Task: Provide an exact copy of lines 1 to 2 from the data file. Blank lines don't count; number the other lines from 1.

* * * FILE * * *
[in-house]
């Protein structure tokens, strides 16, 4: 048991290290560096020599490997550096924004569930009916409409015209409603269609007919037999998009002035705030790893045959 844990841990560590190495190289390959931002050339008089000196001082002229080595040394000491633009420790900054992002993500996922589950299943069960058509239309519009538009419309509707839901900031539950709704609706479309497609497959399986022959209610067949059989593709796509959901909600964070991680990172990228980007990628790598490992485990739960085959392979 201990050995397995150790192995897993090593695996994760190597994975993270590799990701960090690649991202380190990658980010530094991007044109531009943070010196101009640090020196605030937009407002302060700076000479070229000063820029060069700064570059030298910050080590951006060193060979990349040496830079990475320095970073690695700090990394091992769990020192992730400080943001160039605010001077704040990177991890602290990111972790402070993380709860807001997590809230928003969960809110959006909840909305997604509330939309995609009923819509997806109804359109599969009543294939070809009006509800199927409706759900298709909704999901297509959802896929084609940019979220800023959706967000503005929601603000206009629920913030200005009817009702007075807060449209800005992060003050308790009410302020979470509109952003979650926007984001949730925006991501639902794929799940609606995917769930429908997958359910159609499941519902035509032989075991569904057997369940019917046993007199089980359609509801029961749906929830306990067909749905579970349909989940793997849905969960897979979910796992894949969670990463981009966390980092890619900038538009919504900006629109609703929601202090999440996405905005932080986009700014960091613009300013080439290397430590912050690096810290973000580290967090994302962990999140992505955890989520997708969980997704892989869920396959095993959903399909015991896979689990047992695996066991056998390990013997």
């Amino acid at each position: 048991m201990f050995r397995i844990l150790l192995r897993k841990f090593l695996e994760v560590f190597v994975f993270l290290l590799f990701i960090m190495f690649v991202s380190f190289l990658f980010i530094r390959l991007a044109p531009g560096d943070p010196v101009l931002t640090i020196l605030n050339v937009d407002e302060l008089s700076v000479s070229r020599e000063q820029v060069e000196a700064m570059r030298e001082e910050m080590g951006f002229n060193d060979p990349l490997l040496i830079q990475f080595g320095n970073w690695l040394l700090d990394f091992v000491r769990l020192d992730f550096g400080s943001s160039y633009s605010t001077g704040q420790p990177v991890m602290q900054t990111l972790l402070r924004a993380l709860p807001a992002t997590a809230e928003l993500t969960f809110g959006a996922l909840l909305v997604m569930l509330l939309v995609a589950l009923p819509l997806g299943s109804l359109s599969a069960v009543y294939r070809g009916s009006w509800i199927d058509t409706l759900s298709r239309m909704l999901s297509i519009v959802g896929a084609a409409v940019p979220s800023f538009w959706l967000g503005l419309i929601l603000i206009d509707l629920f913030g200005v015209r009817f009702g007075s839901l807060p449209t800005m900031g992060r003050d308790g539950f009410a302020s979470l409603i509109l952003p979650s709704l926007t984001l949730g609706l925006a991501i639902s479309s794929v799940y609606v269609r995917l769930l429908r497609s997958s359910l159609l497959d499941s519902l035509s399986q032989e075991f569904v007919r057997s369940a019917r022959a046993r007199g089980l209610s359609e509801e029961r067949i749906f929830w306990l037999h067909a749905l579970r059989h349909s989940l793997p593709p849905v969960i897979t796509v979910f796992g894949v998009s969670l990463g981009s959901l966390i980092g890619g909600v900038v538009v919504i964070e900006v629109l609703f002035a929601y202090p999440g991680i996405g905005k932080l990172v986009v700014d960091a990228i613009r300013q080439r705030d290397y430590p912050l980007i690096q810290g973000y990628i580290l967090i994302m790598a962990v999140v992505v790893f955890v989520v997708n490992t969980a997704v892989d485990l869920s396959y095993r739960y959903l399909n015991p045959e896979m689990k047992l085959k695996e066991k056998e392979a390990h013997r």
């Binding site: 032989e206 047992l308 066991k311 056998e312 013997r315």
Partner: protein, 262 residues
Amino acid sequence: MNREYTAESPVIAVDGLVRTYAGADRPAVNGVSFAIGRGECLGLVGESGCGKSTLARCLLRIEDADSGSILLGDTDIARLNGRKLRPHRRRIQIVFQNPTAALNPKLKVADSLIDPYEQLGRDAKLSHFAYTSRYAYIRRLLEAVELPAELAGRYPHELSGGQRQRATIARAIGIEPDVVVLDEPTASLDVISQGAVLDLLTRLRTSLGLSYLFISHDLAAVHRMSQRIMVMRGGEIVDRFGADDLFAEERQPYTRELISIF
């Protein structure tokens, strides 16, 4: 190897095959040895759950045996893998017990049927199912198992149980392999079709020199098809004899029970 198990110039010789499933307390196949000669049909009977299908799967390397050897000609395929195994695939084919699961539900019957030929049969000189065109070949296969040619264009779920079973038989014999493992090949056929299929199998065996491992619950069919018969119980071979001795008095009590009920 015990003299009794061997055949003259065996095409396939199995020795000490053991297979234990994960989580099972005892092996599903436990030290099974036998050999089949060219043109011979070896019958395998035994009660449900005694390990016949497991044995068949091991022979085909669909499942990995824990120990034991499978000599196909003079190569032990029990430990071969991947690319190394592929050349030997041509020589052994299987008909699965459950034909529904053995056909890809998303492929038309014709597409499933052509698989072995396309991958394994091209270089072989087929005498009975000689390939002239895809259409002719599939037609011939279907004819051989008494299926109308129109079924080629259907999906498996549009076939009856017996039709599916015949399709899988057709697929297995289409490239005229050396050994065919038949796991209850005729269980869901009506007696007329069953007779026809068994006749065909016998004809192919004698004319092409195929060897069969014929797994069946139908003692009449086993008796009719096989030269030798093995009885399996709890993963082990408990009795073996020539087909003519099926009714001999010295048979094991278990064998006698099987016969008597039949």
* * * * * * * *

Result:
[in-house]
């Protein structure tokens, strides 16, 4: 048991290290560096020599490997550096924004569930009916409409015209409603269609007919037999998009002035705030790893045959 844990841990560590190495190289390959931002050339008089000196001082002229080595040394000491633009420790900054992002993500996922589950299943069960058509239309519009538009419309509707839901900031539950709704609706479309497609497959399986022959209610067949059989593709796509959901909600964070991680990172990228980007990628790598490992485990739960085959392979 201990050995397995150790192995897993090593695996994760190597994975993270590799990701960090690649991202380190990658980010530094991007044109531009943070010196101009640090020196605030937009407002302060700076000479070229000063820029060069700064570059030298910050080590951006060193060979990349040496830079990475320095970073690695700090990394091992769990020192992730400080943001160039605010001077704040990177991890602290990111972790402070993380709860807001997590809230928003969960809110959006909840909305997604509330939309995609009923819509997806109804359109599969009543294939070809009006509800199927409706759900298709909704999901297509959802896929084609940019979220800023959706967000503005929601603000206009629920913030200005009817009702007075807060449209800005992060003050308790009410302020979470509109952003979650926007984001949730925006991501639902794929799940609606995917769930429908997958359910159609499941519902035509032989075991569904057997369940019917046993007199089980359609509801029961749906929830306990067909749905579970349909989940793997849905969960897979979910796992894949969670990463981009966390980092890619900038538009919504900006629109609703929601202090999440996405905005932080986009700014960091613009300013080439290397430590912050690096810290973000580290967090994302962990999140992505955890989520997708969980997704892989869920396959095993959903399909015991896979689990047992695996066991056998390990013997």